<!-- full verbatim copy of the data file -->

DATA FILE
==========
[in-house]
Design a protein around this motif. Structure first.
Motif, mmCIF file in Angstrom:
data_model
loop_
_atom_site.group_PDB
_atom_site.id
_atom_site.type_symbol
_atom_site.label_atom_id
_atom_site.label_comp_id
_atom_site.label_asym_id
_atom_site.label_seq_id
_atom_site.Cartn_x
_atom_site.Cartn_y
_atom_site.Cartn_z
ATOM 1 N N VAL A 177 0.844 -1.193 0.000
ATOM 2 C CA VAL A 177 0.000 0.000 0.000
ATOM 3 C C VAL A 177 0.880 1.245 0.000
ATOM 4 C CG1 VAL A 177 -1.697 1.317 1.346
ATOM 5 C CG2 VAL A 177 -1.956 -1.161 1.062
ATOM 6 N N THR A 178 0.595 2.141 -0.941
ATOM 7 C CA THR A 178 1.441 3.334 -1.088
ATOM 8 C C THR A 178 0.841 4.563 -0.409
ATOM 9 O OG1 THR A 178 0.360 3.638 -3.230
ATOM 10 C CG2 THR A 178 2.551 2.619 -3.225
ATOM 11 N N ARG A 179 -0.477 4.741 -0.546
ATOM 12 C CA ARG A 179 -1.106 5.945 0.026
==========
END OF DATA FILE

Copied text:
[in-house]
Design a protein around this motif. Structure first.
Motif, mmCIF file in Angstrom:
data_model
loop_
_atom_site.group_PDB
_atom_site.id
_atom_site.type_symbol
_atom_site.label_atom_id
_atom_site.label_comp_id
_atom_site.label_asym_id
_atom_site.label_seq_id
_atom_site.Cartn_x
_atom_site.Cartn_y
_atom_site.Cartn_z
ATOM 1 N N VAL A 177 0.844 -1.193 0.000
ATOM 2 C CA VAL A 177 0.000 0.000 0.000
ATOM 3 C C VAL A 177 0.880 1.245 0.000
ATOM 4 C CG1 VAL A 177 -1.697 1.317 1.346
ATOM 5 C CG2 VAL A 177 -1.956 -1.161 1.062
ATOM 6 N N THR A 178 0.595 2.141 -0.941
ATOM 7 C CA THR A 178 1.441 3.334 -1.088
ATOM 8 C C THR A 178 0.841 4.563 -0.409
ATOM 9 O OG1 THR A 178 0.360 3.638 -3.230
ATOM 10 C CG2 THR A 178 2.551 2.619 -3.225
ATOM 11 N N ARG A 179 -0.477 4.741 -0.546
ATOM 12 C CA ARG A 179 -1.106 5.945 0.026